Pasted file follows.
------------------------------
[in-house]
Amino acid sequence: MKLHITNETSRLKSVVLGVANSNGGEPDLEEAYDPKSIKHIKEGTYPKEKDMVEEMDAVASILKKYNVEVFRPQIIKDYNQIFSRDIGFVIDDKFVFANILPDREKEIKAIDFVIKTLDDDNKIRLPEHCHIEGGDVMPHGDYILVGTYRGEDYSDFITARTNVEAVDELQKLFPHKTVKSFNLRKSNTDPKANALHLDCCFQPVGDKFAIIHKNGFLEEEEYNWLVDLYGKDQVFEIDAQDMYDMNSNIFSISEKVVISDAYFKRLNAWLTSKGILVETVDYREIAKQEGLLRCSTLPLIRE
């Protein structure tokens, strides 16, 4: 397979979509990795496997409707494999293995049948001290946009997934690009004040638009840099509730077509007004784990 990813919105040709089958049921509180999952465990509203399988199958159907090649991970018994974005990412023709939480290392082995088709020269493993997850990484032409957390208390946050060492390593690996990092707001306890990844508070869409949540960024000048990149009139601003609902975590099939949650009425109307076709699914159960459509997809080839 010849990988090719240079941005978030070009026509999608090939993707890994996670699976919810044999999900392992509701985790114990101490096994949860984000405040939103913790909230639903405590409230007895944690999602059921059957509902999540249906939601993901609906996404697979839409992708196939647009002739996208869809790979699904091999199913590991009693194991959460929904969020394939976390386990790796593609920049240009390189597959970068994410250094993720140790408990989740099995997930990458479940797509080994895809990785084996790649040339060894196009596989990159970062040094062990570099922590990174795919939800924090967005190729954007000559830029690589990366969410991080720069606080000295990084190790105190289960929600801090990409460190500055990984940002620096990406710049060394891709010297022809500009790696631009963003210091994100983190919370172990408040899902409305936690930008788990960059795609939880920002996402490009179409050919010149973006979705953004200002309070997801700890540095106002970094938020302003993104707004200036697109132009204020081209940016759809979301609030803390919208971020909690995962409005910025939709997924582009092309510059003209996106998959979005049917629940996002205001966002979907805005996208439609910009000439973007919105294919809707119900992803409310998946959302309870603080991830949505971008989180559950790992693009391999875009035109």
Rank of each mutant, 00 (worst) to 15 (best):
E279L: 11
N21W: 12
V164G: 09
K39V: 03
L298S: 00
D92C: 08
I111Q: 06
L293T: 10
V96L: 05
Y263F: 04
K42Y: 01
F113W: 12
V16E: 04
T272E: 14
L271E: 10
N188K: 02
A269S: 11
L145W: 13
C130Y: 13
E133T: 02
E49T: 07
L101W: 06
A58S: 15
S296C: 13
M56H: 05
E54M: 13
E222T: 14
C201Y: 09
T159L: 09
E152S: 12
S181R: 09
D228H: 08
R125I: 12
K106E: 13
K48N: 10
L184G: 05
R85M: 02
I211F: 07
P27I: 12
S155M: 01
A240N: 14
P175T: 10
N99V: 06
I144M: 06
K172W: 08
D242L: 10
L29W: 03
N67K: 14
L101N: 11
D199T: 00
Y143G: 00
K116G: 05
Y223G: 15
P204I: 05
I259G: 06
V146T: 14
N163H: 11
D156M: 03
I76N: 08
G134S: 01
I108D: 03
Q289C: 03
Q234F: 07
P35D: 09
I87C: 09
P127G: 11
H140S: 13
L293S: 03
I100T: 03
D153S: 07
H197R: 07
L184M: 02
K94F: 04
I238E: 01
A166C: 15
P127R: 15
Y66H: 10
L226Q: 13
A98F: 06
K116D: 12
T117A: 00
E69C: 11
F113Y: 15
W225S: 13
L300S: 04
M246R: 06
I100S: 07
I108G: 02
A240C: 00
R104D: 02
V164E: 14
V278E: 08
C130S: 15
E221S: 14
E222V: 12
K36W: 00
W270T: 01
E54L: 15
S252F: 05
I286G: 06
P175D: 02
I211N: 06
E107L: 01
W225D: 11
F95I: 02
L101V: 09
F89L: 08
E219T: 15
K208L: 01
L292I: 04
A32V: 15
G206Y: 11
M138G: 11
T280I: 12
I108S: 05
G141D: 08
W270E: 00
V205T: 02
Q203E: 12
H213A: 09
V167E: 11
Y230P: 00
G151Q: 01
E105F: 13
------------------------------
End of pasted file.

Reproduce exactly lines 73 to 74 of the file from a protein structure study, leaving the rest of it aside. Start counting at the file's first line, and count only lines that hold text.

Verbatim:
I100T: 03
D153S: 07